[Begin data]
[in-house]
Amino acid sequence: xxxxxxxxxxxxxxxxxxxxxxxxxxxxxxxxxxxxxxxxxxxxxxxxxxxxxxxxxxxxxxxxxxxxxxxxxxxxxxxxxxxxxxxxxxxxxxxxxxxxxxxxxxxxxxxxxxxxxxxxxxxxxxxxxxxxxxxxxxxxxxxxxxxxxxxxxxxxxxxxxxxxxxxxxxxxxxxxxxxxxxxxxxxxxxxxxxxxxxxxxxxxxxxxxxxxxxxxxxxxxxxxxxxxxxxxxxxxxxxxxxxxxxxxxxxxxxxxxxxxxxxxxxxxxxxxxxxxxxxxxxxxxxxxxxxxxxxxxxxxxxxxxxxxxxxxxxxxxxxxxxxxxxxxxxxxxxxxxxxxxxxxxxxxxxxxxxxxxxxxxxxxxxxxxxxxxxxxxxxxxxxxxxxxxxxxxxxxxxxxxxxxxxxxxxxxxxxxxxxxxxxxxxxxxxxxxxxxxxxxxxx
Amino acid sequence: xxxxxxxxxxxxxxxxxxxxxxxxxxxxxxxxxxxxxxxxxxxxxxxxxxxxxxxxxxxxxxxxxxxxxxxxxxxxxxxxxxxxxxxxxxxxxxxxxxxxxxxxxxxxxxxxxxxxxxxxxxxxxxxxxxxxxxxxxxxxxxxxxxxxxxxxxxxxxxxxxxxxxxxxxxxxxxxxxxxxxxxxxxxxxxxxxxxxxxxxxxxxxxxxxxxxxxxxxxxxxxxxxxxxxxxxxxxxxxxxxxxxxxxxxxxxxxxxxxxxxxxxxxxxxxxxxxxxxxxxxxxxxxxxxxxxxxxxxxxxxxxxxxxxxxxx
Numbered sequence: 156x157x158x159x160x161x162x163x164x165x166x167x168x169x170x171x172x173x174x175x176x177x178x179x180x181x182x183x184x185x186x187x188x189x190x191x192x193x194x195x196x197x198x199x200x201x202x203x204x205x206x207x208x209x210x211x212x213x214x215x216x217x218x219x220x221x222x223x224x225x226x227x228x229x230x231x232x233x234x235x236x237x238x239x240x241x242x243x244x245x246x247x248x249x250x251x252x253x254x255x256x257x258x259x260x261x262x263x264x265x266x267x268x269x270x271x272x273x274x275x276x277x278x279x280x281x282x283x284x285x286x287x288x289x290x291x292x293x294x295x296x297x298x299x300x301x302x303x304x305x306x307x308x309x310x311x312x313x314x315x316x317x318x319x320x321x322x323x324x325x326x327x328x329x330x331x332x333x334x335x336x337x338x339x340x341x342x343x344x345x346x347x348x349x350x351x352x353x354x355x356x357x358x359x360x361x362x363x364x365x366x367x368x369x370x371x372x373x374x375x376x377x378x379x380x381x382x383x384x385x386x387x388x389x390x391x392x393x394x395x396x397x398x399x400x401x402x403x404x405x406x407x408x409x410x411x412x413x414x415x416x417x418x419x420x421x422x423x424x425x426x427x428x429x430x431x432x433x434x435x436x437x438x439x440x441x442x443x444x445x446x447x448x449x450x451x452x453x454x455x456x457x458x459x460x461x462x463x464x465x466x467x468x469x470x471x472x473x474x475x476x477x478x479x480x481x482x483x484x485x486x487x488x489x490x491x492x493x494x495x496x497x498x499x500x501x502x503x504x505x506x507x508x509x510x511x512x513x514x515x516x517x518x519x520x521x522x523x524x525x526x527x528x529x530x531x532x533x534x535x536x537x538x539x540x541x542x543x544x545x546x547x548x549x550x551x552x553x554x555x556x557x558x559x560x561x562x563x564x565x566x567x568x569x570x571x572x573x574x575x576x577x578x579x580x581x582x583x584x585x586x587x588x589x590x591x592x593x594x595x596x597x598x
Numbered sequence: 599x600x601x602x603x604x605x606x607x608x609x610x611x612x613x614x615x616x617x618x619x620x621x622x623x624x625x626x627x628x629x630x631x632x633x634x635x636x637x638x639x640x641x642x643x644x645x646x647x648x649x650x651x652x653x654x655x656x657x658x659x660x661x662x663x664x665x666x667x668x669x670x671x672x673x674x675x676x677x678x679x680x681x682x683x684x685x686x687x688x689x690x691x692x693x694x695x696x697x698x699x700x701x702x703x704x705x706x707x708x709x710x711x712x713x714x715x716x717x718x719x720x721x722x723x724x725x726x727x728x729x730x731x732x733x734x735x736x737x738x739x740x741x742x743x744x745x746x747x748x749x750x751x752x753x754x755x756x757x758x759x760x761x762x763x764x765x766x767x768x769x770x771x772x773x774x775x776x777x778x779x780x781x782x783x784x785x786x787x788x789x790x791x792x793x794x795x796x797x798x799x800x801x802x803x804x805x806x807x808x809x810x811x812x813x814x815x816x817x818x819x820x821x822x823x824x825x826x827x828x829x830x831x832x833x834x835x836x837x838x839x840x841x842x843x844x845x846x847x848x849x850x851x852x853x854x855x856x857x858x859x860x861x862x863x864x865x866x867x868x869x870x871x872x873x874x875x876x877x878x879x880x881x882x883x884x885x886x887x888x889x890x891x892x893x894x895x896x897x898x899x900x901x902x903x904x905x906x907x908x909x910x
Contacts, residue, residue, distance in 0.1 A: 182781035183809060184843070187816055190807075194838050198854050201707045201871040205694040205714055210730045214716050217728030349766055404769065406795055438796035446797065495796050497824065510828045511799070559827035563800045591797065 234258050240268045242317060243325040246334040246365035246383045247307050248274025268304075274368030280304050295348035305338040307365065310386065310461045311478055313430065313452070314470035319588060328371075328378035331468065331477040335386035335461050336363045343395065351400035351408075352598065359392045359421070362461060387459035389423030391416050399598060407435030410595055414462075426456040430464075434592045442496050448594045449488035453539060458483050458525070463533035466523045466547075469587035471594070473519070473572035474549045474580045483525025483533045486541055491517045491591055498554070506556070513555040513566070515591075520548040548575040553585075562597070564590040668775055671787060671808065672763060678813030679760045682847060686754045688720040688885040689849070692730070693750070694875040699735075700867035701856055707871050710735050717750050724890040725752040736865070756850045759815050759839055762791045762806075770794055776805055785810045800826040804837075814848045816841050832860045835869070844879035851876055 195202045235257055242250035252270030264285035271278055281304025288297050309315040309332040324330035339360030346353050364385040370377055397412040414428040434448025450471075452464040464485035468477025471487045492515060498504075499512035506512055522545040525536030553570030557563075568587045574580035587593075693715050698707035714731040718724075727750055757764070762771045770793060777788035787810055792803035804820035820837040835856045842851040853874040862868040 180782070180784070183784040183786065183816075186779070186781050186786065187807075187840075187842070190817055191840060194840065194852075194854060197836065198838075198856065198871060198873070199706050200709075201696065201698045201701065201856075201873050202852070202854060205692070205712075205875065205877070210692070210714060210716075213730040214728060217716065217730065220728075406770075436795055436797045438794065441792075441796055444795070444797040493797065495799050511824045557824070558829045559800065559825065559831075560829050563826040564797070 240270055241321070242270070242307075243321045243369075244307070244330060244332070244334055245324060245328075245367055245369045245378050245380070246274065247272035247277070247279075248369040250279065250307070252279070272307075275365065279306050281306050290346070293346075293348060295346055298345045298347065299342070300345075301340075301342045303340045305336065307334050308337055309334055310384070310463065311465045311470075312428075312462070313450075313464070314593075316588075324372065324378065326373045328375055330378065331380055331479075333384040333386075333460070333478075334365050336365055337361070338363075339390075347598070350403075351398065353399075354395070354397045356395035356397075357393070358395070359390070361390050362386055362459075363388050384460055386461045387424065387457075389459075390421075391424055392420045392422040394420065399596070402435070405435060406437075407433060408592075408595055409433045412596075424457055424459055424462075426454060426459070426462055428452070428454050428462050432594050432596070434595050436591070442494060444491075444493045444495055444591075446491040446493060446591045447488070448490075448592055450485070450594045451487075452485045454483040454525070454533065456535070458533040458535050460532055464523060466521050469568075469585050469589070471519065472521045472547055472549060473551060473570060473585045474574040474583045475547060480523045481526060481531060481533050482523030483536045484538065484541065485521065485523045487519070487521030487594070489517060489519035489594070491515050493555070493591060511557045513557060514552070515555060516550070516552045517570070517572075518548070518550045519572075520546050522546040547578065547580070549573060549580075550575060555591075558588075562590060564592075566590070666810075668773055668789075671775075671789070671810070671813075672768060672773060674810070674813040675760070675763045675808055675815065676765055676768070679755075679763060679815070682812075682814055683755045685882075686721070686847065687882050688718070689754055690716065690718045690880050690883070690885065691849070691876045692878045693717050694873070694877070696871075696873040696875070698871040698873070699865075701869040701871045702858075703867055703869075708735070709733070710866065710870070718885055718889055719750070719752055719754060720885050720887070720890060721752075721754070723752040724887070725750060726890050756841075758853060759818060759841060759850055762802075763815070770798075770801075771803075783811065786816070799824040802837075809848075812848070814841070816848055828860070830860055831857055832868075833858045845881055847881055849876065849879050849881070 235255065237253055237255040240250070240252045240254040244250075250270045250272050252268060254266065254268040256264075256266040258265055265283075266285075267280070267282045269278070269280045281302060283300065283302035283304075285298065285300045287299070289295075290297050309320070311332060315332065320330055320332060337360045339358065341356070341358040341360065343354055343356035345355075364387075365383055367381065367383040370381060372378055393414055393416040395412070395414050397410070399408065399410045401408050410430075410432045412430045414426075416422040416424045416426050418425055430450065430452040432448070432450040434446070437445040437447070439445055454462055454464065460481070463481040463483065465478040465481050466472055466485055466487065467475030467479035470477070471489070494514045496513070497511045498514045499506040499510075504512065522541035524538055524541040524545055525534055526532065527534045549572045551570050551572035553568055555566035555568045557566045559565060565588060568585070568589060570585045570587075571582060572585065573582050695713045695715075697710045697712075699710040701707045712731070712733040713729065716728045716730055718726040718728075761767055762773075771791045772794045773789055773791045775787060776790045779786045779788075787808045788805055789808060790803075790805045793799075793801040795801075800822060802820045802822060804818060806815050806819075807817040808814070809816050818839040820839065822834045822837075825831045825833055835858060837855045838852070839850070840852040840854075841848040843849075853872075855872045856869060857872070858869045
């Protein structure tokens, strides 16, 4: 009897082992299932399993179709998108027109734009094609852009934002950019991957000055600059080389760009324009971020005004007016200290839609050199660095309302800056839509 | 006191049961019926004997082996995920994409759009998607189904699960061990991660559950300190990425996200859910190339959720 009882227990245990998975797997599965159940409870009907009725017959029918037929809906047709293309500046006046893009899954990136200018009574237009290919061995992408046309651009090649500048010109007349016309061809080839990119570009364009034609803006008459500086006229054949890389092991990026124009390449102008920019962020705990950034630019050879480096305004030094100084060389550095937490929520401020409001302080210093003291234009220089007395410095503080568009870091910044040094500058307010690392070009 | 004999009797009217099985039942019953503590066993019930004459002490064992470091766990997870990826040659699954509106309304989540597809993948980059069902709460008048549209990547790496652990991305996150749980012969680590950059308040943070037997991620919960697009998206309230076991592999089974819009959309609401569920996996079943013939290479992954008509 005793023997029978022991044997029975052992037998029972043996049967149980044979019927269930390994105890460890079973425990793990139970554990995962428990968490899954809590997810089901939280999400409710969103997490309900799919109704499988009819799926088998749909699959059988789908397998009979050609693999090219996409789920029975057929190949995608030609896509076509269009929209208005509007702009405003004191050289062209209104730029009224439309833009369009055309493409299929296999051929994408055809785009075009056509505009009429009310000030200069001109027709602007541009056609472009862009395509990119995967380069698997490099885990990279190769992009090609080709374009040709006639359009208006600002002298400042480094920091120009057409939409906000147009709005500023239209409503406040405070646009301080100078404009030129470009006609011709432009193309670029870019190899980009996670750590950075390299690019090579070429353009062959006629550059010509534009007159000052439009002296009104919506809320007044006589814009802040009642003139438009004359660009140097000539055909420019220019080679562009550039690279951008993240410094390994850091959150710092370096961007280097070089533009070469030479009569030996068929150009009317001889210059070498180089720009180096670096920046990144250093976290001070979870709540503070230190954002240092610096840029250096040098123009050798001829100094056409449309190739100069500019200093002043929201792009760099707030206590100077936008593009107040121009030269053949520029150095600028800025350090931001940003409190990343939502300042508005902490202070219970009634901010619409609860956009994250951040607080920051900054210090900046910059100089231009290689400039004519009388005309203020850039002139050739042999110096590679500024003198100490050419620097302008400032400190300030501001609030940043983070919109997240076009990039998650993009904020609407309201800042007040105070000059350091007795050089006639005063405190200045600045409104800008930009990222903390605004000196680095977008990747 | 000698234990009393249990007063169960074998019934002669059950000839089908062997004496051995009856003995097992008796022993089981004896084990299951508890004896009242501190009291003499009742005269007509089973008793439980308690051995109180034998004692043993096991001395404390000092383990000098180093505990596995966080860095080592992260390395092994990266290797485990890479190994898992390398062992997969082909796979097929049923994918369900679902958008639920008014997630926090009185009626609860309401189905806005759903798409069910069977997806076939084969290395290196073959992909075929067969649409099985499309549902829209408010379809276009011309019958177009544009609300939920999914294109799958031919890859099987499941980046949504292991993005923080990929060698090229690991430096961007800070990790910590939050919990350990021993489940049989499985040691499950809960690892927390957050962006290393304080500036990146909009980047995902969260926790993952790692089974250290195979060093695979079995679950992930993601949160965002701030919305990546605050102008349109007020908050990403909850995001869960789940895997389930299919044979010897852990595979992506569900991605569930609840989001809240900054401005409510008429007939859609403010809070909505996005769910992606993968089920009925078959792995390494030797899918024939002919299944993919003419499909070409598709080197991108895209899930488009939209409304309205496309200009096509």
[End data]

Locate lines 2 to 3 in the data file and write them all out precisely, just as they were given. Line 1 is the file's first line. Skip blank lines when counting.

Amino acid sequence: xxxxxxxxxxxxxxxxxxxxxxxxxxxxxxxxxxxxxxxxxxxxxxxxxxxxxxxxxxxxxxxxxxxxxxxxxxxxxxxxxxxxxxxxxxxxxxxxxxxxxxxxxxxxxxxxxxxxxxxxxxxxxxxxxxxxxxxxxxxxxxxxxxxxxxxxxxxxxxxxxxxxxxxxxxxxxxxxxxxxxxxxxxxxxxxxxxxxxxxxxxxxxxxxxxxxxxxxxxxxxxxxxxxxxxxxxxxxxxxxxxxxxxxxxxxxxxxxxxxxxxxxxxxxxxxxxxxxxxxxxxxxxxxxxxxxxxxxxxxxxxxxxxxxxxxxxxxxxxxxxxxxxxxxxxxxxxxxxxxxxxxxxxxxxxxxxxxxxxxxxxxxxxxxxxxxxxxxxxxxxxxxxxxxxxxxxxxxxxxxxxxxxxxxxxxxxxxxxxxxxxxxxxxxxxxxxxxxxxxxxxx
Amino acid sequence: xxxxxxxxxxxxxxxxxxxxxxxxxxxxxxxxxxxxxxxxxxxxxxxxxxxxxxxxxxxxxxxxxxxxxxxxxxxxxxxxxxxxxxxxxxxxxxxxxxxxxxxxxxxxxxxxxxxxxxxxxxxxxxxxxxxxxxxxxxxxxxxxxxxxxxxxxxxxxxxxxxxxxxxxxxxxxxxxxxxxxxxxxxxxxxxxxxxxxxxxxxxxxxxxxxxxxxxxxxxxxxxxxxxxxxxxxxxxxxxxxxxxxxxxxxxxxxxxxxxxxxxxxxxxxxxxxxxxxxxxxxxxxxxxxxxxxxxxxxxxxxxxxxxxxxxx